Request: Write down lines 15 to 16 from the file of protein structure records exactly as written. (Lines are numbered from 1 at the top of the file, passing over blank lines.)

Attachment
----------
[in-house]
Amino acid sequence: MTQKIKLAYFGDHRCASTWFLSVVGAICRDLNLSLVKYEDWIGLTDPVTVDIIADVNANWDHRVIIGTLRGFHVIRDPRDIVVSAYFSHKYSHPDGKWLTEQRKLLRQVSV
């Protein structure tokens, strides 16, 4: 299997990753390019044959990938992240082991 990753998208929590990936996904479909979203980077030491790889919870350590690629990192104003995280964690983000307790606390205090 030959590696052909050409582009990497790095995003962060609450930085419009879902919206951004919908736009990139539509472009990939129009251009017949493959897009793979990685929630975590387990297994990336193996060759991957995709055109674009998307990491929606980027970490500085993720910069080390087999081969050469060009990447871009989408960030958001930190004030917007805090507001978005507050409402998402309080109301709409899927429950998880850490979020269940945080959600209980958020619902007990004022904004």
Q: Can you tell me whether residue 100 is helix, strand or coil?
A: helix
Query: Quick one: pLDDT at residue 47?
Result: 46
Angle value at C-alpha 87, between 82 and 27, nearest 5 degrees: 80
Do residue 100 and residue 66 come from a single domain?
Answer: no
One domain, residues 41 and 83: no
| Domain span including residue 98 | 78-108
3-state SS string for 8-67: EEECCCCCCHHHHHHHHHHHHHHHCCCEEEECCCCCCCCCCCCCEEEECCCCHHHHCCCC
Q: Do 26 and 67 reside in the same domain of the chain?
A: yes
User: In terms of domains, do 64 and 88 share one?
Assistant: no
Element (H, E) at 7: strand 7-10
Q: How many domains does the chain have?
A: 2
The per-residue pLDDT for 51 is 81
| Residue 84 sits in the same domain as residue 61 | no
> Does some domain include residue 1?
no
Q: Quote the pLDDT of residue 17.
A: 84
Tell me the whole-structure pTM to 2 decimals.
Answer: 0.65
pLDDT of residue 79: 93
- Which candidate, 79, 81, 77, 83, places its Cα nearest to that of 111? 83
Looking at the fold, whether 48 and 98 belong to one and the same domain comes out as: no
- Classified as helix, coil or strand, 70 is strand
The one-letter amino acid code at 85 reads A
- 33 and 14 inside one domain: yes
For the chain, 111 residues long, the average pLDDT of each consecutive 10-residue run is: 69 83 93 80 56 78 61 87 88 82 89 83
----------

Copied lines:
A: yes
User: In terms of domains, do 64 and 88 share one?